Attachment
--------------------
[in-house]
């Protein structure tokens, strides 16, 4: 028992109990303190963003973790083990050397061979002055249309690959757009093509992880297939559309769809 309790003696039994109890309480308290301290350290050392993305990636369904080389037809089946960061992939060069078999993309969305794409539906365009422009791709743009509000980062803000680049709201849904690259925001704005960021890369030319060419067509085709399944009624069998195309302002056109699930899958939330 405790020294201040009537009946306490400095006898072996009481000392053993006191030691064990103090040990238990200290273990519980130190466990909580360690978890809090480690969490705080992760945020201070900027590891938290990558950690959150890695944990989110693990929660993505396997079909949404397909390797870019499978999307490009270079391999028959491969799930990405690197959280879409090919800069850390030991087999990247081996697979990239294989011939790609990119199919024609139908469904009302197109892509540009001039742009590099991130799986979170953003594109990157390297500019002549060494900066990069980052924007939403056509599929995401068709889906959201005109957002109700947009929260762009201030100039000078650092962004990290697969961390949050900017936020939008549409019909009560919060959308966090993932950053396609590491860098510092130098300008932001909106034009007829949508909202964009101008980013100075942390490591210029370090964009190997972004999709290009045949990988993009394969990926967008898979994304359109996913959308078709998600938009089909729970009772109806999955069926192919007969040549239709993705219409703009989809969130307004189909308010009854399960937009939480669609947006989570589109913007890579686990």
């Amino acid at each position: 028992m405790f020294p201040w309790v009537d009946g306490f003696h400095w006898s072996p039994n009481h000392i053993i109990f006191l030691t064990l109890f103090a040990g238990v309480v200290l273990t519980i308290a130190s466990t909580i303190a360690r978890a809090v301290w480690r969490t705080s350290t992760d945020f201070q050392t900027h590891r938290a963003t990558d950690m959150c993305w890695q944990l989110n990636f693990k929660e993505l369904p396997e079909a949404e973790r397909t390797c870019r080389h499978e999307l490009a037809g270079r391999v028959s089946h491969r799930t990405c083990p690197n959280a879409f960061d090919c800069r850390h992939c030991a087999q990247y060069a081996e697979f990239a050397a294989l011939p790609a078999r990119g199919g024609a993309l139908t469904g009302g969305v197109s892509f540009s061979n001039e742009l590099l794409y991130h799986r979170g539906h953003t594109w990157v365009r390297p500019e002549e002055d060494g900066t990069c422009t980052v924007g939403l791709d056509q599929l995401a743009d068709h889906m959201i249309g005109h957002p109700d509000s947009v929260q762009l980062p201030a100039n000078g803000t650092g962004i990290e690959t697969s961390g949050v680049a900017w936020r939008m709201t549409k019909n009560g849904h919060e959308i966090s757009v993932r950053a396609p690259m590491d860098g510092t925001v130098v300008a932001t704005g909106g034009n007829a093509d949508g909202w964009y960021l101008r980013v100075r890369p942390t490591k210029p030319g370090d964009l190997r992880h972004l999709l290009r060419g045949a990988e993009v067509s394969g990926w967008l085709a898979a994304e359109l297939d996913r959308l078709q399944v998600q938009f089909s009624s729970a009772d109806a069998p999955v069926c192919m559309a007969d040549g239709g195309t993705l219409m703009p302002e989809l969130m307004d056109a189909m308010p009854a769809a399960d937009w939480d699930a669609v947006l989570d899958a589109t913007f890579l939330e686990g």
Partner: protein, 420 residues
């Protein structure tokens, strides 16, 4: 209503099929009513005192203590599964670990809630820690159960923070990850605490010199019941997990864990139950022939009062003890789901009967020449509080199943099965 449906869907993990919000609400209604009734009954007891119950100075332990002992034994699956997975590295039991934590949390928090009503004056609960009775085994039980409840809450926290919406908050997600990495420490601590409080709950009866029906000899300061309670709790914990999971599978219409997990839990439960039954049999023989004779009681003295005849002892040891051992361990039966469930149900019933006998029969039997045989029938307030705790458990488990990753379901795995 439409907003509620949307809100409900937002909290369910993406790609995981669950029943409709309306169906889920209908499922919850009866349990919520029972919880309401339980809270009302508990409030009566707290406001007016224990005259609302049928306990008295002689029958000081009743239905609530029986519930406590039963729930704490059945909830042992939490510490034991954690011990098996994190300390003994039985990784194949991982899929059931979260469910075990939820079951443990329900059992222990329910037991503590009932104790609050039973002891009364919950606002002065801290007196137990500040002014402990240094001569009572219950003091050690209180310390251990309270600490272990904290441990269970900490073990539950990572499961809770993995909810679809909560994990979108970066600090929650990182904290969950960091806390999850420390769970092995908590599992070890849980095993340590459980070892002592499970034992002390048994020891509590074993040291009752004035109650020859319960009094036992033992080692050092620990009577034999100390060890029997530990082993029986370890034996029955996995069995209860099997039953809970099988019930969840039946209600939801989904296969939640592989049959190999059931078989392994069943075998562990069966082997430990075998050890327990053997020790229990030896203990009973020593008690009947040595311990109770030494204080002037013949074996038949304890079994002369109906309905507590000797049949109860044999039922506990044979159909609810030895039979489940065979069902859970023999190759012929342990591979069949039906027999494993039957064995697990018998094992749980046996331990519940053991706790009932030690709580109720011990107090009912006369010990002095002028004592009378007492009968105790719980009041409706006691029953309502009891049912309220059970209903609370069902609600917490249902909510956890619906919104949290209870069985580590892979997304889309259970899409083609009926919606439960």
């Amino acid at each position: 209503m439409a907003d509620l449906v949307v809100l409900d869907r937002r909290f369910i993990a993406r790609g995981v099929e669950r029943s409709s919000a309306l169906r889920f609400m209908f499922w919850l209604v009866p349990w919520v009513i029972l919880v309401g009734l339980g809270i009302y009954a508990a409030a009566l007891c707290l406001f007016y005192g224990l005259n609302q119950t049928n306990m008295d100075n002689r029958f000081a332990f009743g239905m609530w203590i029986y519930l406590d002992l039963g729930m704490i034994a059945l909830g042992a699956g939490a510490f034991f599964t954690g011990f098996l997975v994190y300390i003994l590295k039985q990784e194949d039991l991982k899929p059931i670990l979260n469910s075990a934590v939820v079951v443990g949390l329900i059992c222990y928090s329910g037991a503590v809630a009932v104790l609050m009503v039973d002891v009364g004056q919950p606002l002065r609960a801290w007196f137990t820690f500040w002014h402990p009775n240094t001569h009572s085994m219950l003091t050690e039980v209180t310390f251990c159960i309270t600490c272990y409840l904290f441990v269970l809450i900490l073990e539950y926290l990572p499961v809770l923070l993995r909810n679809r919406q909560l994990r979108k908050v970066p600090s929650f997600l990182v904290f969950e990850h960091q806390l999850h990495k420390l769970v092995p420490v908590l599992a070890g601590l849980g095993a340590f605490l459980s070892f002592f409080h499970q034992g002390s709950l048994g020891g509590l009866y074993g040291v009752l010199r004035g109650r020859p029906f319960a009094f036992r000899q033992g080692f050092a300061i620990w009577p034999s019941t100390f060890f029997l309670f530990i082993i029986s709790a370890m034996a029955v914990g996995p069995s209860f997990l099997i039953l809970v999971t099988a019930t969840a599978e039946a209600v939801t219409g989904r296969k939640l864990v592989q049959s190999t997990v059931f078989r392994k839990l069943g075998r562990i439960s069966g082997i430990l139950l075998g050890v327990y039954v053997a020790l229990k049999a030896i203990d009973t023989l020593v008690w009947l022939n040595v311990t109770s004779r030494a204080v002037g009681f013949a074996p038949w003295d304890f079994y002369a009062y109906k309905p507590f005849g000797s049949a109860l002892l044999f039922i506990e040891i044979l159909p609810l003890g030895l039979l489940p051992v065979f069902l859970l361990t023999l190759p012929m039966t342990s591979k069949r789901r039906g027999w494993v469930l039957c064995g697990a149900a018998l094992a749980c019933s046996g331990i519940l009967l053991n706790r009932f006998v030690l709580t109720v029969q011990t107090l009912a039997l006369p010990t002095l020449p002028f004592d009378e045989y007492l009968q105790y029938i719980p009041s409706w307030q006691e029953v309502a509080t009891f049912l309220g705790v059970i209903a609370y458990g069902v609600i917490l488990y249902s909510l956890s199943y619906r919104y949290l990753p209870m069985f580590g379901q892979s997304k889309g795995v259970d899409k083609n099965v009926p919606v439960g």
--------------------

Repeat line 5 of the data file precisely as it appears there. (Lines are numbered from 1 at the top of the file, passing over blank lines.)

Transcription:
């Protein structure tokens, strides 16, 4: 209503099929009513005192203590599964670990809630820690159960923070990850605490010199019941997990864990139950022939009062003890789901009967020449509080199943099965 449906869907993990919000609400209604009734009954007891119950100075332990002992034994699956997975590295039991934590949390928090009503004056609960009775085994039980409840809450926290919406908050997600990495420490601590409080709950009866029906000899300061309670709790914990999971599978219409997990839990439960039954049999023989004779009681003295005849002892040891051992361990039966469930149900019933006998029969039997045989029938307030705790458990488990990753379901795995 439409907003509620949307809100409900937002909290369910993406790609995981669950029943409709309306169906889920209908499922919850009866349990919520029972919880309401339980809270009302508990409030009566707290406001007016224990005259609302049928306990008295002689029958000081009743239905609530029986519930406590039963729930704490059945909830042992939490510490034991954690011990098996994190300390003994039985990784194949991982899929059931979260469910075990939820079951443990329900059992222990329910037991503590009932104790609050039973002891009364919950606002002065801290007196137990500040002014402990240094001569009572219950003091050690209180310390251990309270600490272990904290441990269970900490073990539950990572499961809770993995909810679809909560994990979108970066600090929650990182904290969950960091806390999850420390769970092995908590599992070890849980095993340590459980070892002592499970034992002390048994020891509590074993040291009752004035109650020859319960009094036992033992080692050092620990009577034999100390060890029997530990082993029986370890034996029955996995069995209860099997039953809970099988019930969840039946209600939801989904296969939640592989049959190999059931078989392994069943075998562990069966082997430990075998050890327990053997020790229990030896203990009973020593008690009947040595311990109770030494204080002037013949074996038949304890079994002369109906309905507590000797049949109860044999039922506990044979159909609810030895039979489940065979069902859970023999190759012929342990591979069949039906027999494993039957064995697990018998094992749980046996331990519940053991706790009932030690709580109720011990107090009912006369010990002095002028004592009378007492009968105790719980009041409706006691029953309502009891049912309220059970209903609370069902609600917490249902909510956890619906919104949290209870069985580590892979997304889309259970899409083609009926919606439960």